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The key Definitions and Distinctions that a professional wargamer must understand

The key basic definitions that the M&S industry should agree on are listed below. Note that these are fundamental to communication within the M&S and professional wargaming fields. They exclude overly technical aspects of the industry. These require full working group action with the requisite Subject Matter Experts in attendance, circulation around the industry for validation and verification, agreement and then publication. This latter should be through the Simulation Interoperability Standards Organization (SISO) and/or as a NATO Standardisation Agreement (STANAG), Five Nations Agreements and ABCA standards etc.

You will find an article on the Resources page and a Case Study that go into more detail and suggest definitions, but the basic terms that require agreement are:

Setting and Scenario
Simulation, Stimulation, Model and Representation

You might be surprised at this list, thinking that the industry is sufficiently mature to have agreed definitions for these basic terms. The point needs reiterating that LBS sees experts constantly miscommunicating even when using these apparently fundamental words. Maybe you’ll read this and think ‘rubbish’. Go and ask 2-3 colleagues to write down what they think ‘scenario’ or ‘wargame’ mean – you will be surprised at the diversity of their answers!

The situation is even worse when it comes to distinctions. The critical terms that anyone involved in professional wargaming must understand the difference between are:

Validation versus Verification versus Accreditation
Training versus Education
‘A War’ versus ‘The War’ (and ‘Future War’)
Training Wargame versus Analytical Wargame

LBS sees these terms being used either interchangeably or downright erroneously all the time; to do so risks designing and delivering a poor wargame (whatever one of those is!).

Professional Wargaming Abbreviations and Acroynms

This article provides a list of all the common abbreviations and acroynms that the professional wargamer needs. Let us know if any are missing and we’ll add them (Download here)

‘Computer Assisted Exercises – A Reference Guide’

Erdal Çayirci and Dušan Marinčič have recently published Computer Assisted Exercises (CAX) and Training – A Reference Guide. This explains how CAX are designed and delivered from a NATO perspective, and is structured as a educational course. It is an excellent book and, being published in September 2009, describes current NATO best practice. Erdal is Chief CAX Support Branch at the NATO Joint Warfare Centre and knows more than anyone else I have met in NATO circles about CAX.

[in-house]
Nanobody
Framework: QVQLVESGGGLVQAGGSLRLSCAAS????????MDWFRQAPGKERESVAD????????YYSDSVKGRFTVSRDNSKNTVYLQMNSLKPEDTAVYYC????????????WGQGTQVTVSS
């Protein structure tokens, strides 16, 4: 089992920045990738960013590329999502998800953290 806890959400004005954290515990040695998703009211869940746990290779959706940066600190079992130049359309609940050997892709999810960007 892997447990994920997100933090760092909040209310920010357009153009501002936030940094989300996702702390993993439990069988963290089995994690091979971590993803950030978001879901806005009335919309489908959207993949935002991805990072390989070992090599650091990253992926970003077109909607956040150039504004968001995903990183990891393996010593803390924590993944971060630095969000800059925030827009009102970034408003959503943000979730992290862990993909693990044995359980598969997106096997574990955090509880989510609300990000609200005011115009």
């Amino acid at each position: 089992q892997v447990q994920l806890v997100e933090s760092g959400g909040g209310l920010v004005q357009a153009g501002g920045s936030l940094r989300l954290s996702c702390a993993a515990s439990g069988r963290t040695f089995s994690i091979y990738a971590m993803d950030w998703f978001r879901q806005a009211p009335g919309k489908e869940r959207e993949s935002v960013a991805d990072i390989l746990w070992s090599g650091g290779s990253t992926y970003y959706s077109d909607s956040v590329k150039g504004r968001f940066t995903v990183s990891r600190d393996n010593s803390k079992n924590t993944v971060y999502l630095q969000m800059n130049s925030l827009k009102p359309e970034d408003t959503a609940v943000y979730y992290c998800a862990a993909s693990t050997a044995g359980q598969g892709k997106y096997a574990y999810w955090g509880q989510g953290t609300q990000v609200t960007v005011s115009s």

Paste the ISBN 978-0-470-41229-9 into Amazon or any other book retailer to find it. It’s expensive at about £60 ($100) even for a used copy, so maybe only for the committed professional wargamer!

Seminar Wargaming – analysing ABCA interoperability gaps

The ABCA Interoperability Gap Analysis Study (IGAS) was an analytical event held in Australia during 2006.

The approach taken was based on Seminar Wargaming (SWG). The aim of a SWG is defined by the UK’s Dstl as being ‘to promote structured discussion between experts in several fields and to elicit opinions and judgements from them, and to increase understanding.’

The ABCA IGAS used the following method:

1. Introduction. The facilitator explained the scenario, methodology and scoring system. The scenario was based on events during the Iraq war and the 2nd battle of Fallujah.
2. Vignette brief. A specific vignette, derived from the scenario, was briefed. Each vignette was designed to draw out as many interoperability issues as possible e.g. cross boundary casevac, the forward passage of lines of a reserve, coordination of fires etc.